Why the big banks are failing Australia: Gottliebsen

This matter is too serious for bank bashing. The Australian banking industry, as it is presently structured, is unable to fund the needs of small and medium-sized businesses. Until now, it has not mattered too much because most enterprises were reluctant to invest. But now they need to invest merely to keep their businesses alive, let alone to expand.

Large companies can raise equity, but small enterprises need bankers. However, at the moment, for many good businesses, the money is simply not there. This week’s KGB Interrogation is with three experienced business loan brokers. They can tell a good business from a bad one and they are finding it extremely difficult to get finance for good borrowers. I am getting the same message around Australia. Matthew Quinn at Stockland has been forced to be banker to his small shopping centre tenants so they can keep their shop fittings up to date.

Westfield is doing the same thing. But small shop keepers who are not in big shopping centres are finding it hard to update their shops, even if they are earning good profits. The same applies to equipment for a variety of good businesses. The KGB Interrogation sets out the problem very clearly – the banks are only happy to provide finance if there is an after-market for the equipment – a car is a good example. But if there is no after-market, the going is tough even for those enterprises with good records. In most cases, the small entrepreneurs have put their houses on the line. Although, in many of the loan calculations the business is given little or no value and the bank discussions are all about what happens if the business fails. The brokers say that interest rates are not a problem. Banks have put them up but the brokers say their good clients will pay another two per cent, provided they can get the money.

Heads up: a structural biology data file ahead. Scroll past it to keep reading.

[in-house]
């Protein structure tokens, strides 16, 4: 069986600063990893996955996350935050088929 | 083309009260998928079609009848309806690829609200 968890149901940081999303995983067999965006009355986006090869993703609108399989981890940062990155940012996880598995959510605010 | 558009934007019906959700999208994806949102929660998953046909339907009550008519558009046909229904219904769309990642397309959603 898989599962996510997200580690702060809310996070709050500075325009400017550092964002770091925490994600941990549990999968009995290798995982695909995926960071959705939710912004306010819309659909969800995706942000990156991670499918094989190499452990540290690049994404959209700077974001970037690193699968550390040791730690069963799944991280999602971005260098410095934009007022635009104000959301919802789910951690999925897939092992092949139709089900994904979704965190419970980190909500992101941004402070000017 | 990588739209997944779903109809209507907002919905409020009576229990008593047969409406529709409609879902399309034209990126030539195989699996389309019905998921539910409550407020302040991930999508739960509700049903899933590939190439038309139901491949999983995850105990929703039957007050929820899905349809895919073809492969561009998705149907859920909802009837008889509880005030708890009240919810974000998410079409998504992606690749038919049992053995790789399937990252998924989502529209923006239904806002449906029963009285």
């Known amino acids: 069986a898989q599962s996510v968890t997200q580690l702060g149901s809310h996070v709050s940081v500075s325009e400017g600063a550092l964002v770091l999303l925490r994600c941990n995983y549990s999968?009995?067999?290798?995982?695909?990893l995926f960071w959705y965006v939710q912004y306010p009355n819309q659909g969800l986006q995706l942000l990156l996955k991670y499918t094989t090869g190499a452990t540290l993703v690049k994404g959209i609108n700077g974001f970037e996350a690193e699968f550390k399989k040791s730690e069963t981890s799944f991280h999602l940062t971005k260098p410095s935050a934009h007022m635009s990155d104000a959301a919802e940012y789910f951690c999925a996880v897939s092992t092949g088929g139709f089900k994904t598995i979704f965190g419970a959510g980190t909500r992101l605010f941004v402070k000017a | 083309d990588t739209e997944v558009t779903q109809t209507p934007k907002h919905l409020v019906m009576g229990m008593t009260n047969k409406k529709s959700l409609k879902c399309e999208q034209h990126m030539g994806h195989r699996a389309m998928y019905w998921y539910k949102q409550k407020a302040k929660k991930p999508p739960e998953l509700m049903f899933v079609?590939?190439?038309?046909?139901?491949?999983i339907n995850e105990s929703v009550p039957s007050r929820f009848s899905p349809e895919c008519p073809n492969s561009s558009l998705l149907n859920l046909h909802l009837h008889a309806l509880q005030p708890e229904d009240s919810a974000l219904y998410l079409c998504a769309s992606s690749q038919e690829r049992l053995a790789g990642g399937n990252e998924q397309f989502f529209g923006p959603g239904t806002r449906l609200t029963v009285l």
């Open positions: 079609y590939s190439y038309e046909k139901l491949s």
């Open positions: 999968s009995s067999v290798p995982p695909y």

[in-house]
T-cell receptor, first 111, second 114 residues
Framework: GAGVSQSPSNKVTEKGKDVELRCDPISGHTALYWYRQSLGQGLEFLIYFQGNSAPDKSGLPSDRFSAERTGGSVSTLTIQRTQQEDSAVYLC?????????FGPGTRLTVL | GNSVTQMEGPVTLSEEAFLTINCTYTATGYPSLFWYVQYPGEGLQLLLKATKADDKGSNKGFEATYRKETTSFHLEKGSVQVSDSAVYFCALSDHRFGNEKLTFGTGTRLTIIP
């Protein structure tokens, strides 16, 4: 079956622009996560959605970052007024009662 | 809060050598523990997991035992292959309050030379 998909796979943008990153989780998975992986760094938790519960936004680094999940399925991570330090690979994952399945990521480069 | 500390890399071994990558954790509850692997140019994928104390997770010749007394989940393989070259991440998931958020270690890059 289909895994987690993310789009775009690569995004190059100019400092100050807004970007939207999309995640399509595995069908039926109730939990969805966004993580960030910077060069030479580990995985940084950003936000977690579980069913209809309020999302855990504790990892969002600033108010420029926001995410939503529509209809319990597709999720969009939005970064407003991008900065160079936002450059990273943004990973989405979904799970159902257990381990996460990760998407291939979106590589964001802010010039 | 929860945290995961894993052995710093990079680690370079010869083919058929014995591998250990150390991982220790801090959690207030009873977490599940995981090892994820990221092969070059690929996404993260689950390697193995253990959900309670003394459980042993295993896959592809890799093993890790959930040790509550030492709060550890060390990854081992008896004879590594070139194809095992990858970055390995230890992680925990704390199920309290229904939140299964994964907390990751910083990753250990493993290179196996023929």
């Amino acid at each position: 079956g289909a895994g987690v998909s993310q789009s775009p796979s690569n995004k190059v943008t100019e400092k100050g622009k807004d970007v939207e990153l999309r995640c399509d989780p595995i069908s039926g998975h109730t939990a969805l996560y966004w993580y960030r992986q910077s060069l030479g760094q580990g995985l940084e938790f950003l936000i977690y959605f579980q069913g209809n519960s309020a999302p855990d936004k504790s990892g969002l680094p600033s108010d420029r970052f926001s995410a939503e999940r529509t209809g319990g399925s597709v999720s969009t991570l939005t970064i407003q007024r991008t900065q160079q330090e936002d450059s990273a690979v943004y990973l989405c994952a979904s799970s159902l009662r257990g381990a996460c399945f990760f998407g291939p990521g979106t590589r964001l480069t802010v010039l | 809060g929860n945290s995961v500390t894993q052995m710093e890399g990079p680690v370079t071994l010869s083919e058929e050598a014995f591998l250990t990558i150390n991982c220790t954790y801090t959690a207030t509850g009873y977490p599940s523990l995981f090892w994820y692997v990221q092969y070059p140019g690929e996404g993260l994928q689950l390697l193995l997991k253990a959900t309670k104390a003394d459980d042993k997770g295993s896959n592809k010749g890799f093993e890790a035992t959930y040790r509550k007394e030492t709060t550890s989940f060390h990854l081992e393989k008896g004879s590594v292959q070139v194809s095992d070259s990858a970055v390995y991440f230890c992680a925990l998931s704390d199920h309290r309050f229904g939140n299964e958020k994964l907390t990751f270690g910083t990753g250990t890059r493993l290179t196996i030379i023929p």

What has caused the problem and what do we need to do about it?

As the brokers explain, the most obvious cause is that there has been a dramatic decline in the number of suppliers of loans to small and medium business. Not only has there been big bank takeovers of smaller banks but many overseas groups have left the business equipment market. Banks themselves no longer have enough expertise to assess the value of a vast number of enterprises.

The banks are nervous that there will be a downturn and they will be left with useless businesses where employees take all the money via ‘entitlements’ such as holidays, long service leave, etc.

But it goes further. As UBS research shows, Australian growth in loans to both the housing and business market have been funded by overseas lenders. According to UBS, Australian banks are getting close to the upper limit of loans that overseas institutions are likely to provide to Australia. And worse still – as ANZ points out – the European crisis could contract the amount of loan money available to Australia and lift its cost. In order to achieve growth, the banks need to expand their local deposit base and/or issue bonds.

That will require enticing superannuation funds away from equity.

Tony Abbott has virtually declared that the ALP is the party for big business and big unions. He is going to represent smaller businesses and the people who work for them. If he understands that big banks are starving small enterprises of capital then he is likely to play hard-ball with the banks.

That might be counterproductive. Banks have to entice the superannuation money with better deposit rates and lend it to the better small and medium-sized enterprises who can afford to pay the higher rates. That’s the base for a solution.

Back in 1990 when ANZ and Westpac were on their knees and the Commonwealth was very conservative, National Australia Bank took the opportunity to dramatically lift its business market share. Westpac and CBA have a big housing book and the ANZ is looking at Asia. If NAB can’t acquire AMP, maybe the opportunity is there again. If banks are not motivated to finance good smaller enterprises then we will see some nasty bank bashing given the higher levels of profit which are being produced by all banks including ANZ, as demonstrated in its financial results yesterday.

This article first appeared on Business Spectator.


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